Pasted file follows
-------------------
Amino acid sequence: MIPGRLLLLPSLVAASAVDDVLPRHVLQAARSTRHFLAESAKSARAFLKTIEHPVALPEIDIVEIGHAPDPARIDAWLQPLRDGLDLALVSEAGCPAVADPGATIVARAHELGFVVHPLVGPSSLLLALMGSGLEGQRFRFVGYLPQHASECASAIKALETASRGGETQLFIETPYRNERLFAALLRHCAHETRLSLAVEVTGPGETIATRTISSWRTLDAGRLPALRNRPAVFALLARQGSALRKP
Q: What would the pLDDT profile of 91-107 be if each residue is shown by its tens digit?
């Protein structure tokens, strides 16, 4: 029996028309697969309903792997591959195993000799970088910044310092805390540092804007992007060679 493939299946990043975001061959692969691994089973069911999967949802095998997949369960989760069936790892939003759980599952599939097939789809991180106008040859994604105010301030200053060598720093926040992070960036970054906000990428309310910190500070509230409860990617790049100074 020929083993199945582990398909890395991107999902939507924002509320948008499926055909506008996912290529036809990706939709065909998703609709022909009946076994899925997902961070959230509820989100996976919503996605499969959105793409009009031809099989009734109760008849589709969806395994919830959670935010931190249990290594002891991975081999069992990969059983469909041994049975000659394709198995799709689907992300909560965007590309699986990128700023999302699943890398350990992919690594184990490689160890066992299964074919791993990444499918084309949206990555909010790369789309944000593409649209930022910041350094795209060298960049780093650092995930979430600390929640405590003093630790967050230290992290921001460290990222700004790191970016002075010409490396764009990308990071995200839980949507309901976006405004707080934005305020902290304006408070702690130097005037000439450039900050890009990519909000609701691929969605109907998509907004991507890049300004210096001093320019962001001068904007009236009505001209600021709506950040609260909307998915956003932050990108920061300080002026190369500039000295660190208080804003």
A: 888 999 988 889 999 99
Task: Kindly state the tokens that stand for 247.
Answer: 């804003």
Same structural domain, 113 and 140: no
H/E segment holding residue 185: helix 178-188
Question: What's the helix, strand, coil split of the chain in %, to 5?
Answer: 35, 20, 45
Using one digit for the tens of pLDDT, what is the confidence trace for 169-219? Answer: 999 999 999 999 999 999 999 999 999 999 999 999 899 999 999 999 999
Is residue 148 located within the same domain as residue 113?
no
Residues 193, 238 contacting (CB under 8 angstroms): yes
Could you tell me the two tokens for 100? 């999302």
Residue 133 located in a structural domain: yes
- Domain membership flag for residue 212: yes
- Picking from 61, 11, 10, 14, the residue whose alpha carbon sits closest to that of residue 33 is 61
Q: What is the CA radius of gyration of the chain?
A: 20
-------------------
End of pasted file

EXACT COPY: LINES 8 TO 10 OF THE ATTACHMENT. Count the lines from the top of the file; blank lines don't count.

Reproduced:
H/E segment holding residue 185: helix 178-188
Question: What's the helix, strand, coil split of the chain in %, to 5?
Answer: 35, 20, 45